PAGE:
The recording section 519 records the image data received from the codec processing section 518 into a memory employed in the recording section 519. If necessary, the image data recorded in the recording section 519 is read out by the image processing section 516 which then supplies the image data to the display section 517 for displaying an image based on the data.

It is to be noted that the configuration of the imaging apparatus employing a solid-state imaging device based on the technology according to the present disclosure is not limited to the configuration described above. In other words, the imaging apparatus employing a solid-state imaging device based on the technology according to the present disclosure can also have another configuration.

In addition, as described above, the implementation of the present disclosure is one imaging apparatus or one imaging device. However, the implementation of the present disclosure can also be a plurality of imaging apparatus or a plurality of imaging devices. Conversely, configurations explained in the above descriptions as configurations including a plurality of imaging apparatus or a plurality of imaging devices can be integrated into a configuration of one imaging apparatus or one imaging device respectively. On top of that, it is needless to say that a configuration other than what is described above can also be added to the configuration of every imaging apparatus or every imaging device. Furthermore, if a configuration or an operation are practically uniform throughout the entire system, a portion of the configuration of a certain imaging apparatus or a certain imaging device can also be included in another imaging apparatus or another imaging device. That is to say, implementations of the present disclosure are not limited to the embodiments described earlier. In other words, a variety of changes can be made to the embodiments as long as the changes fall within a range not deviating from the scope of the present disclosure.

It is to be noted that the technology provided by the present disclosure can also be applied to the following implementations.

(1) An imaging device including

    • at least one special pixel with a configuration having a layout made different from the layout of the configuration of each pixel other than the special pixel.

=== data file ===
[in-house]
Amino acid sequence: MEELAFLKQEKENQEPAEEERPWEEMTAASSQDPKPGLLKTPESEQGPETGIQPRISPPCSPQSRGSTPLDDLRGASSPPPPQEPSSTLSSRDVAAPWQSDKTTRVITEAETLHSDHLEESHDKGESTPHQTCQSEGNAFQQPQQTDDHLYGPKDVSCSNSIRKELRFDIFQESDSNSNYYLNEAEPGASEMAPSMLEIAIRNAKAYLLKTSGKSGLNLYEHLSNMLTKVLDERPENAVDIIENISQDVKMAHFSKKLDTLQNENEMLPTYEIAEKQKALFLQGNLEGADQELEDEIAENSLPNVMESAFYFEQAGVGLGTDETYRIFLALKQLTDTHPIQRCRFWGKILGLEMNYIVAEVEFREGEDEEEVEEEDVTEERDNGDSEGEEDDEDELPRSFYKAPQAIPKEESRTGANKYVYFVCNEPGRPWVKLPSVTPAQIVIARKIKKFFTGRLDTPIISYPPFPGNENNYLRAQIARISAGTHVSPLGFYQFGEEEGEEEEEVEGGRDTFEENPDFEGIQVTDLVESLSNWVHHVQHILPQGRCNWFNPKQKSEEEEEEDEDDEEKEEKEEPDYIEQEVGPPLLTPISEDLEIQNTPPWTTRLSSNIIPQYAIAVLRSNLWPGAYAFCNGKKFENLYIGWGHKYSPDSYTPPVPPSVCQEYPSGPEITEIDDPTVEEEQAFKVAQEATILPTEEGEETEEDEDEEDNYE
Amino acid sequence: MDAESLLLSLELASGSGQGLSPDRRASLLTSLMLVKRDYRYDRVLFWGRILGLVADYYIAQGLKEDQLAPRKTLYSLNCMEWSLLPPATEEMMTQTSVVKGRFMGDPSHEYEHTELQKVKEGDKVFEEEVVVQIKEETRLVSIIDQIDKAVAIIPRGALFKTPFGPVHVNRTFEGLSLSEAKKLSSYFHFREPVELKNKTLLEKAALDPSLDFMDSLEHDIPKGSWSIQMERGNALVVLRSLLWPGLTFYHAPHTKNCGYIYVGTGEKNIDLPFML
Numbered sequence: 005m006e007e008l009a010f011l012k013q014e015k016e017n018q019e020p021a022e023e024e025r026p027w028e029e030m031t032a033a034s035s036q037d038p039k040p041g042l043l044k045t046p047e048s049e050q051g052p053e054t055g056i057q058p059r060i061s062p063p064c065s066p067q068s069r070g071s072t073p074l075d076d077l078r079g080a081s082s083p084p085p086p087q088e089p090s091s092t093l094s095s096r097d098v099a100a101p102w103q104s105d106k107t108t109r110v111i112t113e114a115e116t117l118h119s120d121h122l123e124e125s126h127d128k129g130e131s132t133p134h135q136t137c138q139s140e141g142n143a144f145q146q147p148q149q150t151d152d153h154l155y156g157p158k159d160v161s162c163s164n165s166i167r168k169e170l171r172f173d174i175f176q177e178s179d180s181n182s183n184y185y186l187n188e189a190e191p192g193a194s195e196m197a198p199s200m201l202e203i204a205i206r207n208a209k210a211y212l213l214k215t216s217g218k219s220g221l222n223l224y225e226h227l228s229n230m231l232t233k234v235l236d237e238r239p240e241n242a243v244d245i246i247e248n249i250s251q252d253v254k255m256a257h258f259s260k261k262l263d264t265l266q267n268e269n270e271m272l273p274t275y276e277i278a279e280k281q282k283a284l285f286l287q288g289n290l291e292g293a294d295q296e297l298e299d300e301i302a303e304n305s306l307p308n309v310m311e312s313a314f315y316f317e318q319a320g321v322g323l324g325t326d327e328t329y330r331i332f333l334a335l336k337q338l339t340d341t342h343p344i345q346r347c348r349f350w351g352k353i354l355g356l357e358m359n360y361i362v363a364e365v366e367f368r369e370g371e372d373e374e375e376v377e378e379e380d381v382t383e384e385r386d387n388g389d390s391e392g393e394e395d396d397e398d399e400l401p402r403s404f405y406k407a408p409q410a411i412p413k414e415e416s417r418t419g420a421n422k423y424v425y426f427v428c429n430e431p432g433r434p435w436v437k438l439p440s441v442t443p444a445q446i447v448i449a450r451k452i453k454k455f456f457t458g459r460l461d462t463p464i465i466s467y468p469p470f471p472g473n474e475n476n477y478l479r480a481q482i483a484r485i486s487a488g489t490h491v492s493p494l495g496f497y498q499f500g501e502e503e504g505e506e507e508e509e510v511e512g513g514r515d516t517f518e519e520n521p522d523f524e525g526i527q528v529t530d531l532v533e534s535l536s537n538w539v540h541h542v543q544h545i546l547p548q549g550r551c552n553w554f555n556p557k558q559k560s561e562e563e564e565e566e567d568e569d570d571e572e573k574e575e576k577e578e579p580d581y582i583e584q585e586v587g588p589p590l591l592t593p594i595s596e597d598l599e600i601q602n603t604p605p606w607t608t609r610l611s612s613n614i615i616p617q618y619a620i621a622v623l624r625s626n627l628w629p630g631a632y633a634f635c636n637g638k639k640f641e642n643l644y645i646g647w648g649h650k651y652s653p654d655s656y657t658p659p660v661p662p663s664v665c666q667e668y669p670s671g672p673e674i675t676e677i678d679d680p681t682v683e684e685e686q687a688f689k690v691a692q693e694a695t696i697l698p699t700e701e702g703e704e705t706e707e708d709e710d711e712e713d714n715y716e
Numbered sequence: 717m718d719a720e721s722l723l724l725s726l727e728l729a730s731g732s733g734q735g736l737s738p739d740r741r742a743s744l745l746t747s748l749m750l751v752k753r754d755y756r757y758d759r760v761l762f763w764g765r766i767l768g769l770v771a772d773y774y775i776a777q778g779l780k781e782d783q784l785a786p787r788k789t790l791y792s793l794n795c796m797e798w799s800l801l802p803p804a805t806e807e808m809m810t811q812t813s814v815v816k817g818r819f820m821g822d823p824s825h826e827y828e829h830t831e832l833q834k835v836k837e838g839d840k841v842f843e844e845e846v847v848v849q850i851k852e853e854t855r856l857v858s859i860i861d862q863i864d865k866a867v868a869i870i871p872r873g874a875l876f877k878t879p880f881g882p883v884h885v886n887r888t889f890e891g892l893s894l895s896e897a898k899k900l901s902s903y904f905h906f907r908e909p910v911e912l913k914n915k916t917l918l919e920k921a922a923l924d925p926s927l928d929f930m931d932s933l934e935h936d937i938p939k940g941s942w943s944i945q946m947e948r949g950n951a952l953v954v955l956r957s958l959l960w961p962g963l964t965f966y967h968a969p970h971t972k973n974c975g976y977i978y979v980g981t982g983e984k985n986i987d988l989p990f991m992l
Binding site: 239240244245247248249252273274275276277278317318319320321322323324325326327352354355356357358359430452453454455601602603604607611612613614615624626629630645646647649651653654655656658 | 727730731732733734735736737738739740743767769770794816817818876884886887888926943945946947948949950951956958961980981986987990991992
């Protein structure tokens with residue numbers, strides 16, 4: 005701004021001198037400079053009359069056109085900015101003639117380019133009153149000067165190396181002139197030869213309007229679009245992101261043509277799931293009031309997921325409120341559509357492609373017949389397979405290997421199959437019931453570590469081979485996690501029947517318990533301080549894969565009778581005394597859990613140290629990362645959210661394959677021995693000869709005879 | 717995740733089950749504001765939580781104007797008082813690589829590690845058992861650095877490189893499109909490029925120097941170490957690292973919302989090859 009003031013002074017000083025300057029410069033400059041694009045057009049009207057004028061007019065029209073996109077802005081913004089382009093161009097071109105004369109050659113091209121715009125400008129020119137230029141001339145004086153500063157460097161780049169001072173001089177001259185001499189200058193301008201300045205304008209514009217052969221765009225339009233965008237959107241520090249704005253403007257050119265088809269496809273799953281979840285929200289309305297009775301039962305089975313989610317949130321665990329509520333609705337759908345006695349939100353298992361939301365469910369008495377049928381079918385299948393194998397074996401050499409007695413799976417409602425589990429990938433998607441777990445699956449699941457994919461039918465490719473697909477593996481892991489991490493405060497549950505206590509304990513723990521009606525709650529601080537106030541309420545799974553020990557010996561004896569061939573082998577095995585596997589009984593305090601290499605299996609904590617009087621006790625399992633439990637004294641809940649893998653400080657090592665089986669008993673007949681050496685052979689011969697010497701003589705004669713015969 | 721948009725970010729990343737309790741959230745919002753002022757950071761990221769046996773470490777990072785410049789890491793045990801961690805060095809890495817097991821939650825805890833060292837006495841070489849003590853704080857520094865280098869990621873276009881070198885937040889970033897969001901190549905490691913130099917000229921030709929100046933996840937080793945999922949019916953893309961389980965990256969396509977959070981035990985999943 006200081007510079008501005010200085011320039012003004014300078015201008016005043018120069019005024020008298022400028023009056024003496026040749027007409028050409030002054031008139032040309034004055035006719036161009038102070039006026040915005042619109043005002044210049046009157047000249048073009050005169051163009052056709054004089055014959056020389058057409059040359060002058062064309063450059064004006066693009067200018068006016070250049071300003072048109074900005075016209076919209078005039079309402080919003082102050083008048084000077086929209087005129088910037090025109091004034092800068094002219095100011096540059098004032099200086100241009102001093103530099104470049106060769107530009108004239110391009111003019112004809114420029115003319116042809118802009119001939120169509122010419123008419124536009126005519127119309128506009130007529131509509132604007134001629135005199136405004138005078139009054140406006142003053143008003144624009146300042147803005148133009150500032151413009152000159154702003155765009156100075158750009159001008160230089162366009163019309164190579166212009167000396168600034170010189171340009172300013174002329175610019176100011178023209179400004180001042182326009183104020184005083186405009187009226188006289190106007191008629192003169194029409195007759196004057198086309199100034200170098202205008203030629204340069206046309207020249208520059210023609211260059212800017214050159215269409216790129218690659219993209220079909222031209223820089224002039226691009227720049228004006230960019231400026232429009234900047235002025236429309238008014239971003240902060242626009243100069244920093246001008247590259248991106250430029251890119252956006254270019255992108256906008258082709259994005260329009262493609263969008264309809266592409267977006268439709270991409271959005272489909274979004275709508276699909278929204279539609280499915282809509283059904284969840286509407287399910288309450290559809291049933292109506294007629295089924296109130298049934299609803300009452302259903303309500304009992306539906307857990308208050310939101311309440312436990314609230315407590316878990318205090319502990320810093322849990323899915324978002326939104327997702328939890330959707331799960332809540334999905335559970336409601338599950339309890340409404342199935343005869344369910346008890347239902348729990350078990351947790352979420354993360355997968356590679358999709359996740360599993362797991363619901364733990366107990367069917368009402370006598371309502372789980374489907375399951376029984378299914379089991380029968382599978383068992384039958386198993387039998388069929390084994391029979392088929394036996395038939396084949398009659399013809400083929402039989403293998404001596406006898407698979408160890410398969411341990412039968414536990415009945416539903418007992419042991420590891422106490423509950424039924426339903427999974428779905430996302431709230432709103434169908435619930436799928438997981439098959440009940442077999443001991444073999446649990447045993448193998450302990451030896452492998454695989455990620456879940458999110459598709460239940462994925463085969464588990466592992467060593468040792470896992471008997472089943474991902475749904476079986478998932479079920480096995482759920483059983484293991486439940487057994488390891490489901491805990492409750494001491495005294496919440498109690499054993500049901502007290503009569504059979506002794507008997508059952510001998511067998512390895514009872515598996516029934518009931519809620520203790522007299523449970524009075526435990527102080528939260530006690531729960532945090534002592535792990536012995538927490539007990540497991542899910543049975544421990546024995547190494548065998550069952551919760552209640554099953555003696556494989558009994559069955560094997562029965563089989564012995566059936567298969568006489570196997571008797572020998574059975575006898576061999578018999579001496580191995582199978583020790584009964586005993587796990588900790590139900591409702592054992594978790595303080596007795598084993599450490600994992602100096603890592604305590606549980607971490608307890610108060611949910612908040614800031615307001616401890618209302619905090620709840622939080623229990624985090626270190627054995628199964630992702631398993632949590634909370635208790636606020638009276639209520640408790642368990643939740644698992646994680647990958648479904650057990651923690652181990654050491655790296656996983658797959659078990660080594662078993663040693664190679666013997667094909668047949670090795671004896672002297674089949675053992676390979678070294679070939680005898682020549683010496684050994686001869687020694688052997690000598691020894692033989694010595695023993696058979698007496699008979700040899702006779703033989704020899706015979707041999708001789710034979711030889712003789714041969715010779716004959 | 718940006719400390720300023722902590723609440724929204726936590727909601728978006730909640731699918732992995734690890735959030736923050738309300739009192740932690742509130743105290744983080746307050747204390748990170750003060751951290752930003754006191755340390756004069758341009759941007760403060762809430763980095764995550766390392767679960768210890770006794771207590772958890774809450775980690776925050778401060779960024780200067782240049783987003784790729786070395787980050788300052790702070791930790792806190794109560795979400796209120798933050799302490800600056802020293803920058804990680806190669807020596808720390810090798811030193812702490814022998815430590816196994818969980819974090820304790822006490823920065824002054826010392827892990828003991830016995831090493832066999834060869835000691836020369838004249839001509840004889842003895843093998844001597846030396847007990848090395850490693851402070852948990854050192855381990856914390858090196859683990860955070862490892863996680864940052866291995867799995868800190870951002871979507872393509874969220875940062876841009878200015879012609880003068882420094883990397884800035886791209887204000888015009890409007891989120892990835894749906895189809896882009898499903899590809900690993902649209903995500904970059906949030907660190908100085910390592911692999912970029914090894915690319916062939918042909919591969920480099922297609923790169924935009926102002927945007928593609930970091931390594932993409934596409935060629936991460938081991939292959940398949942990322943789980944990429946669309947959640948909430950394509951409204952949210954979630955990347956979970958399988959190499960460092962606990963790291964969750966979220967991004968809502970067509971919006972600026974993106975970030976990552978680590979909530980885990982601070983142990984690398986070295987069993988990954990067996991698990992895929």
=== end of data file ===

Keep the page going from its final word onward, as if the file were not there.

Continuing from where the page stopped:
(2) The imaging device according to implementation (1), wherein the special pixel is a pixel having an imaging characteristic steadily different from that of the other pixels and a difference in layout between the configuration of the special pixel; and

    • the configuration of the other pixels is used to suppress a non-uniformity of the imaging characteristic exhibited by the special pixel.

(3) The imaging device according to implementation (1) or (2), wherein the special pixel is a pixel in the vicinity of a joint between masks.

(4) The imaging device according to any one of implementations (1) to (3), wherein the special pixel includes an aluminum line having a shape made different from that of the other pixels.

(5) The imaging device according to implementation (4), wherein the special pixel includes the aluminum line made thicker than that for each of the other pixels.

(6) The imaging device according to implementation (4), wherein the special pixel includes the aluminum line made thinner than that for each of the other pixels.

(7) The imaging device according to any one of implementations (4) to (6), wherein the aluminum line is a line of a floating diffusion section.

(8) The imaging device according to any one of implementations (1) to (7), wherein the special pixel includes an aluminum line provided at a location different from that for each of the other pixels.

(9) The imaging device according to implementation (8), wherein the special pixel includes mutually adjacent aluminum lines separated from each other by a gap made narrower than that for each of the other pixels.

(10) The imaging device according to implementation (8), wherein the special pixel includes mutually adjacent aluminum lines separated from each other by a gap made wider than that for each of the other pixels.

(11) The imaging device according to any one of implementations (8) to (10), wherein the aluminum lines are a line of a floating diffusion section and a ground line.

(12) The imaging device according to any one of implementations (1) to (11), wherein the special pixel includes a read gate with a size made different from that for each of the other pixels.

(13) The imaging device according to implementation (12), wherein the special pixel includes the read gate with a size made larger than that for each of the other pixels.

(14) The imaging device according to implementation (12), wherein the special pixel includes the read gate with a size made smaller than that for each of the other pixels.

(15) The imaging device according to any one of implementations (1) to (14), wherein the special pixel has a floating-diffusion-section creation implant pattern made different from that for each of the other pixels.

(16) The imaging device according to any one of implementations (1) to (15), wherein the special pixel has an aperture with a size made different from that for each of the other pixels.

(17) The imaging device according to implementation (16), wherein the special pixel has the aperture with a size made smaller than that for each of the other pixels.

(18) The imaging device according to implementation (16), wherein the special pixel has the aperture with a size made larger than that for each of the other pixels.

(19) An imaging apparatus including an imaging device including one special pixel with a configuration having a layout made different from the layout of the configuration of each pixel other than the special pixel.

The present disclosure contains subject matter related to that disclosed in Japanese Priority Patent Application JP 2011-147932 filed in the Japan Patent Office on Jul. 4, 2011, the entire content of which is hereby incorporated by reference.